The territory between the Prut, Dniester and the Black Sea was inhabited by the Getes and Dacians in ancient times. From the 2nd to the 4th century AD, the Roman Empire dominated and romanized the southern areas, through which it gained access to the Bosporan Empire on the Sea of Azov and the Crimea, which was under Roman sovereignty. At the mouth of the Dniester (known in ancient times as Tyras), Greek colonists from Miletus founded in the 6th century BC The city of Tyras (Romanian Cetatea Albă, today Bilhorod-Dnistrowskyj), which was then run by the Dacian king Burebista around 55 BC Was conquered and attached to his empire. The area of Moldova, which was traversed by numerous peoples (Sarmatians, Goths, Huns, Avars, Slavs, Bulgarians, Magyars, Pechenegs, Cumans, etc.) in the 1st millennium AD was subject to the Golden Horde after the Mongol invasion (1241). The Principality of Moldova, founded in the east of the Carpathian Mountains during the 14th centuryincluded in the last decade of the 14th century the entire territory up to the Dniester and Black Seas. After the occupation of the cities (fortresses) Chilia and Cetatea Albă (1484), the Ottoman Empire made Tighina (Bender) and the south of Bessarabia Turkish Rajahs in 1538; the rest of the area remained part of Moldova (under Turkish sovereignty) until 1812. Through the Peace of Bucharest (May 28, 1812), which ended the Russo-Turkish War 1806-12, the eastern half of the Vltava, the area between Prut and Dniester (45,600 km 2 with around 500,000 residents, was removed) 86% Romanians), awarded to Russia. The name Bessarabia, which marked the southern part of the annexed territory, has now been extended to the entire territory in which Russians, Ukrainians, Poles, Germans and Jews settled in the 19th century. In 1867 the Romanian language was banned from schools in Bessarabia.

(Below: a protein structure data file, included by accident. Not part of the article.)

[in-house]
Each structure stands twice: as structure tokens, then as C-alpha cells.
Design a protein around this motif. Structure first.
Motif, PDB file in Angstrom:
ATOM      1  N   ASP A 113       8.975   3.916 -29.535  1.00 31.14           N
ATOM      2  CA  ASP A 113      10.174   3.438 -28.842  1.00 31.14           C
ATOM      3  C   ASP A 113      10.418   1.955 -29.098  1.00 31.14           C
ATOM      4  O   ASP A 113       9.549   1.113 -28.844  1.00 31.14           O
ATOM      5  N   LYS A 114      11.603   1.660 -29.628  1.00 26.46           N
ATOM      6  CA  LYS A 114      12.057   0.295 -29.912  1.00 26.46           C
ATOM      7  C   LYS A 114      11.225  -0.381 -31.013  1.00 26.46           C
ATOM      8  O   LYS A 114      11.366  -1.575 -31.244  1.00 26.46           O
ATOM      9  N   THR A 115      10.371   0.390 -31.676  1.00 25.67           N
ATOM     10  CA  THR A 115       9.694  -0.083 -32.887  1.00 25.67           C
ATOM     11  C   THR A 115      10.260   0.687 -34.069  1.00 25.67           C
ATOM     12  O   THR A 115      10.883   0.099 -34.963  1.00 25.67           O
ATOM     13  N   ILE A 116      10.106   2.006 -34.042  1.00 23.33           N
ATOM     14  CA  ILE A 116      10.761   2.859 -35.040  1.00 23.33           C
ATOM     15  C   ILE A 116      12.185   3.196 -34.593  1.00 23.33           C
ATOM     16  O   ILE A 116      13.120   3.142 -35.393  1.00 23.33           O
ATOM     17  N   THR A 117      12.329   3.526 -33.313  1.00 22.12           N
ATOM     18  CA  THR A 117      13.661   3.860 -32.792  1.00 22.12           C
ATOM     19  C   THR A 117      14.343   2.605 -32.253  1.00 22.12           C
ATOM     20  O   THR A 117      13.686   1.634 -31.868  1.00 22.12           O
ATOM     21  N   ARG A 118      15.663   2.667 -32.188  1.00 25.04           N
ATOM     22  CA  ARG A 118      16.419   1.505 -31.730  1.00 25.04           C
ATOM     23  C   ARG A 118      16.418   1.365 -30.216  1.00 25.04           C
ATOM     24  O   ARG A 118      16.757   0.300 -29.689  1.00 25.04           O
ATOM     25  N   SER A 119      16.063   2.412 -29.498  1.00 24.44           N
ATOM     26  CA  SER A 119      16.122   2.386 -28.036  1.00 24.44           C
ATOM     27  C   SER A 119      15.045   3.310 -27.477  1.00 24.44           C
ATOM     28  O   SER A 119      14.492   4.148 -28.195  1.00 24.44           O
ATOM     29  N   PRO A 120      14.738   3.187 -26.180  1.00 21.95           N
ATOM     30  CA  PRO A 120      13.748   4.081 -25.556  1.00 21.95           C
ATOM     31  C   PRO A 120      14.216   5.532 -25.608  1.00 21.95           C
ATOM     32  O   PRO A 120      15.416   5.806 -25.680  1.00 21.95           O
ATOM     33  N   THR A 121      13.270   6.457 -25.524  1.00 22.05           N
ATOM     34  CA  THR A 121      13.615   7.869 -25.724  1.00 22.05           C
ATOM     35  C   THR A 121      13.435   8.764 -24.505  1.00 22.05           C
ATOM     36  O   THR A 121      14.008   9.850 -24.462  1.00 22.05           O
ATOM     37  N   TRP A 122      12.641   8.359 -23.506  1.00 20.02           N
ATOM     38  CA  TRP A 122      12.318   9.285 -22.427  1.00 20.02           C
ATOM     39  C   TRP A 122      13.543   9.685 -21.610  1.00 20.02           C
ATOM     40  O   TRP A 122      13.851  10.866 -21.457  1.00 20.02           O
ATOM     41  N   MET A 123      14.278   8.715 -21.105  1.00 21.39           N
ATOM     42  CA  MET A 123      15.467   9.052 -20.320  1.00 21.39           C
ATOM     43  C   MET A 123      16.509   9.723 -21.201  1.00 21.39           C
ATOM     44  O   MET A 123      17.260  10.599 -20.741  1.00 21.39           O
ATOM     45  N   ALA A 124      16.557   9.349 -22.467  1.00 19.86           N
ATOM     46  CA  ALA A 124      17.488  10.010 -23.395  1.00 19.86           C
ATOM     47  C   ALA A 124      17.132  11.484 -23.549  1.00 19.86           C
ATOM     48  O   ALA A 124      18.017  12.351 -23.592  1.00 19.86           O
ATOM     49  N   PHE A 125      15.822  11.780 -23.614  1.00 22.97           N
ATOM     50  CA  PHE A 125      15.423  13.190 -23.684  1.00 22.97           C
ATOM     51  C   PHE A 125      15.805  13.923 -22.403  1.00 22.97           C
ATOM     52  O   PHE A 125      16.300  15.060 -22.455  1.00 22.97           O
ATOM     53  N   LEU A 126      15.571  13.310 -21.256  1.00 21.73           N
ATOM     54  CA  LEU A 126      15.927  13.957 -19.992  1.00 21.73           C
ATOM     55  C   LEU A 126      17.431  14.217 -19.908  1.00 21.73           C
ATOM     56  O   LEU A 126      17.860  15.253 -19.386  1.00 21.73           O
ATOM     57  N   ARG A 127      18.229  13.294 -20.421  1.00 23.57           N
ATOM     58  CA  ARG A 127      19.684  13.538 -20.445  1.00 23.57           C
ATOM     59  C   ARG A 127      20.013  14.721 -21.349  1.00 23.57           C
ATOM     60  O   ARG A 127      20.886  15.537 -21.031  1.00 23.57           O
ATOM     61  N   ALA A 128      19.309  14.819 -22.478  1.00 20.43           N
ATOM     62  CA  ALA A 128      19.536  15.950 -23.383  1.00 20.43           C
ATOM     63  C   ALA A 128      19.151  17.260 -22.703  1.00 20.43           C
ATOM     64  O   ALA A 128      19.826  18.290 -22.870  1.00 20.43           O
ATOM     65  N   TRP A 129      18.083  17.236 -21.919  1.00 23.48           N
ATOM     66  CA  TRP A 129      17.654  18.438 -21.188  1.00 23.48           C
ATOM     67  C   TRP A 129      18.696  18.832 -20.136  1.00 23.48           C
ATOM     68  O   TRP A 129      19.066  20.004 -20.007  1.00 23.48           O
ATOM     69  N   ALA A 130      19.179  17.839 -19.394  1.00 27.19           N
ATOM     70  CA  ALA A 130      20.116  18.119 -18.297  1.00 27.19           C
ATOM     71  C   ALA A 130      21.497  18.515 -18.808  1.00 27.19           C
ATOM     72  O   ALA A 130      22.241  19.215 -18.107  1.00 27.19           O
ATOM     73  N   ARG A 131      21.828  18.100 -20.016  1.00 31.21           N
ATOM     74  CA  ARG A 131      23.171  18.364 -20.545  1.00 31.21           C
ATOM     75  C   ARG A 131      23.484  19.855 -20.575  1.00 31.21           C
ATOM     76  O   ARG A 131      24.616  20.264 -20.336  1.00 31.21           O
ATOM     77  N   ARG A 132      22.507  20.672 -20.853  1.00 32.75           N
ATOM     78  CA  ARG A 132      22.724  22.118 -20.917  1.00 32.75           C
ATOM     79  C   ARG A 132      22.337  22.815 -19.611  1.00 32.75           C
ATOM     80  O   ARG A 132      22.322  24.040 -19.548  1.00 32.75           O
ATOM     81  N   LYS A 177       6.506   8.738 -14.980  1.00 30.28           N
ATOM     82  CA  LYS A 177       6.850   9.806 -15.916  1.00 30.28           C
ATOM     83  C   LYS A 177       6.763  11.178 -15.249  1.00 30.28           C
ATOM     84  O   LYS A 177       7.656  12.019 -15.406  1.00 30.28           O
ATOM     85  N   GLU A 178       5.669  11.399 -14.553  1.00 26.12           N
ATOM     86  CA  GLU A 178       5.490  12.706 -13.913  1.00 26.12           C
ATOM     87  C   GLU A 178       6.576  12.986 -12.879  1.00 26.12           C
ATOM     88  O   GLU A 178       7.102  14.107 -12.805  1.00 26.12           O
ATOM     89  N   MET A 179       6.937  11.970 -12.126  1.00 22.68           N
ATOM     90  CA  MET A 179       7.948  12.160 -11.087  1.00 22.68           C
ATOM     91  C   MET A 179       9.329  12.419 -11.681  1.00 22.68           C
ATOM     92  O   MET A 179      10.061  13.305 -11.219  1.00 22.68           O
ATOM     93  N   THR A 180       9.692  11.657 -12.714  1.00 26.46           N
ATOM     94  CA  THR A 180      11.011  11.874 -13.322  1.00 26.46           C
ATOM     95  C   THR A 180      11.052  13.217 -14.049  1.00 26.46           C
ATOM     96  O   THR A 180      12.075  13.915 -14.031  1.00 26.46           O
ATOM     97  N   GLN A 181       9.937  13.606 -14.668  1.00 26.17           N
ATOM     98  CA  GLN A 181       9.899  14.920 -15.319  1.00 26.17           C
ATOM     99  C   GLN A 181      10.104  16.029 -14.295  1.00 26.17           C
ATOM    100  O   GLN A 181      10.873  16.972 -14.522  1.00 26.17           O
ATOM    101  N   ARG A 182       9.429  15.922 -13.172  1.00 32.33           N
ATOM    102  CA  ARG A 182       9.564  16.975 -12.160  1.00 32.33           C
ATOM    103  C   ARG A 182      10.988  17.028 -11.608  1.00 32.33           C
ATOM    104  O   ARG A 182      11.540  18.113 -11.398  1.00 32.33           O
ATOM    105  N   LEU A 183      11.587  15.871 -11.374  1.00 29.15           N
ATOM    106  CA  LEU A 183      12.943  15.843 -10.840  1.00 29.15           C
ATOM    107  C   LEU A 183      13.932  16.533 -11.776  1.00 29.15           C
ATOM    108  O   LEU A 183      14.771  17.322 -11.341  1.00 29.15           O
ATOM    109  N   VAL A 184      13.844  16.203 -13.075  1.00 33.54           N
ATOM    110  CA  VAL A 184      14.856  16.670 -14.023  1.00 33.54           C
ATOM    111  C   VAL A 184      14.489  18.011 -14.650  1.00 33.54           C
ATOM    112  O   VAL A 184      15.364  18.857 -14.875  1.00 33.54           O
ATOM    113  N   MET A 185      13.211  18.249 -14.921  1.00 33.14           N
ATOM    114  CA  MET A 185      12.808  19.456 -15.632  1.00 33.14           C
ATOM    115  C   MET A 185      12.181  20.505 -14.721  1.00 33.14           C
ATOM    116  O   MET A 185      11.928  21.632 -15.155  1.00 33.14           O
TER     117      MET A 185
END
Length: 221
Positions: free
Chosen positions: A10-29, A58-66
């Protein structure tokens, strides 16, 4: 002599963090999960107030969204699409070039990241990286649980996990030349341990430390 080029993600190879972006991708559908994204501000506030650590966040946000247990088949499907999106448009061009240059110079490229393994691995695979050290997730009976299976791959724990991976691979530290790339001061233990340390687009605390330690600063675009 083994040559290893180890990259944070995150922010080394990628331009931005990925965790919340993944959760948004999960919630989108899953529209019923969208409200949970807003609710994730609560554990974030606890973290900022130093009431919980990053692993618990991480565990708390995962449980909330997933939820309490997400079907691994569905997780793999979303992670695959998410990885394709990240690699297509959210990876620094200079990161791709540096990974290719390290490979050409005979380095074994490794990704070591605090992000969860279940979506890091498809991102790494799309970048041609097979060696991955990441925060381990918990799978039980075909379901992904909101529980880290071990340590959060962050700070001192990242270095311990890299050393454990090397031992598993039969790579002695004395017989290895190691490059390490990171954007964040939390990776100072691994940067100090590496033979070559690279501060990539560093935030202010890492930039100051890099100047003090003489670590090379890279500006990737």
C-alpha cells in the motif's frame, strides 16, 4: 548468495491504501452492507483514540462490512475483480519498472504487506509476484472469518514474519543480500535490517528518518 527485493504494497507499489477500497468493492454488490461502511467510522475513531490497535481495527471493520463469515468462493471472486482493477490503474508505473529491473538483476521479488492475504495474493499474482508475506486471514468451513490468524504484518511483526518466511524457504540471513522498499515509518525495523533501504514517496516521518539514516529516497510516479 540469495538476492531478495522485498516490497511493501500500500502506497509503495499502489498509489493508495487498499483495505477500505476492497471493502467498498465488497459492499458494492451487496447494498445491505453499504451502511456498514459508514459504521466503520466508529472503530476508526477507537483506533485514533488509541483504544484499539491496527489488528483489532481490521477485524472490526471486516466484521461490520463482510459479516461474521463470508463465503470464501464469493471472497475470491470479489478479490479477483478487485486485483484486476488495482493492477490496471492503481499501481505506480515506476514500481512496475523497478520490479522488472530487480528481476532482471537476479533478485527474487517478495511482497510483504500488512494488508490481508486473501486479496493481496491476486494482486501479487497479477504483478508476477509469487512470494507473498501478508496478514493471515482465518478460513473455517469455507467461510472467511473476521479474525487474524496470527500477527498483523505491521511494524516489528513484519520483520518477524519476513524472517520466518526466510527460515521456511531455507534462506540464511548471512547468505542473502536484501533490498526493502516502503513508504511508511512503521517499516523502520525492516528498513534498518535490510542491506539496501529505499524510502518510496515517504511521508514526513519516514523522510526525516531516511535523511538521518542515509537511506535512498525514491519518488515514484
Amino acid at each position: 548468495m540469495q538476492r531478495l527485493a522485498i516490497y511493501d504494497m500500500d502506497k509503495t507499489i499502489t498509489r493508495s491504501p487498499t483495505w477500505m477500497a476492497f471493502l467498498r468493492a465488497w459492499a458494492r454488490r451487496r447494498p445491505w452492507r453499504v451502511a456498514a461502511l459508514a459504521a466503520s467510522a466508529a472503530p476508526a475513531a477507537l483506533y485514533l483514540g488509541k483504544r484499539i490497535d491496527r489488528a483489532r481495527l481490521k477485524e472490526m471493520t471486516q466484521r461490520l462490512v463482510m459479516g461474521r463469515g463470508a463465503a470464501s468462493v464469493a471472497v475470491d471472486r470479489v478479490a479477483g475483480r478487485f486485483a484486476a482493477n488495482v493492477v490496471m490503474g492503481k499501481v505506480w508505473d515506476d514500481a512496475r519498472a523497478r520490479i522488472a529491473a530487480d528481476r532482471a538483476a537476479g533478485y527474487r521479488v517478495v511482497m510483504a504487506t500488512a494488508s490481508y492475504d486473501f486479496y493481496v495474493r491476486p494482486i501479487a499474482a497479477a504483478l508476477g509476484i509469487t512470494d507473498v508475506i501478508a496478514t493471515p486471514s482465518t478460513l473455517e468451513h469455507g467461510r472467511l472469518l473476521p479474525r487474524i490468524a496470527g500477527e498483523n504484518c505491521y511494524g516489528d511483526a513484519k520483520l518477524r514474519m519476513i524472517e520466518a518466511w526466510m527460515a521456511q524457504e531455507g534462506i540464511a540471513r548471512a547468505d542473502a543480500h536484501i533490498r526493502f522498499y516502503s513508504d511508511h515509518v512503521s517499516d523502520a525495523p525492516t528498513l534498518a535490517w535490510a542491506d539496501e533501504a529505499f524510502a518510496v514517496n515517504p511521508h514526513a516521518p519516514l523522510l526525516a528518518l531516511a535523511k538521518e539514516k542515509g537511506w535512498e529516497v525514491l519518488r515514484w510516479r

Through the Peace Congress in Paris (1856), which ended the Crimean War, three districts in the south of Bessarabia (north of the mouth of the Danube) came back to the Principality of Moldova, but Russia succeeded in bringing them back at the Peace Congress in Berlin (1878). After the Russian February Revolution, Bessarabia proclaimed its autonomy in April 1917, on December 15, 1917 it took on the name “Moldovan Democratic Republic”, which proclaimed its independence on January 24, 1918. On April 9, 1918, the National Council that met in Chişinău voted for unification with Romania, which Soviet Russia did not recognize. On October 12, 1924, the USSR founded a Moldovan Autonomous Soviet Socialist Republic (capital since 1929 Tiraspol) on the territory of Ukraine, in the areas east of the Dniester. As a result of the Secret Additional Protocol to the Hitler-Stalin Pact (August 23, 1939), the Soviet Union occupied both Bessarabia and northern Bukovina on June 28, 1940 (after two ultimatums to Romania on June 26 and 27, 1940). On August 2, 1940, the Moldavian SSR (summary of the Moldavian ASSR and most of Bessarabia) with the capital Chişinău as part of the USSR was proclaimed; Due to a German-Soviet resettlement agreement, the roughly 93,000 Bessarabian Germans left the country. By resolution of the Soviet government on November 4, In 1940 northern Bukovina and the districts of Hotin (in northern Bessarabia) as well as Ismajil and Cetatea Albă (in southern Bessarabia) became part of the Ukrainian SSR. During the Second World War Moldova was occupied by Romania from 1941 to 1944 and incorporated into its national territory (during this period the Jewish population was brutally persecuted, a large part was murdered or deported); After the reconquest by the Red Army (1944), the Moldavian SSR was reconstituted in its old proportions and recognized by Romania as part of the USSR in the Paris Peace Treaty (February 1947). Deportations of native Romanians and the immigration of Russians and Ukrainians changed the composition of the population considerably;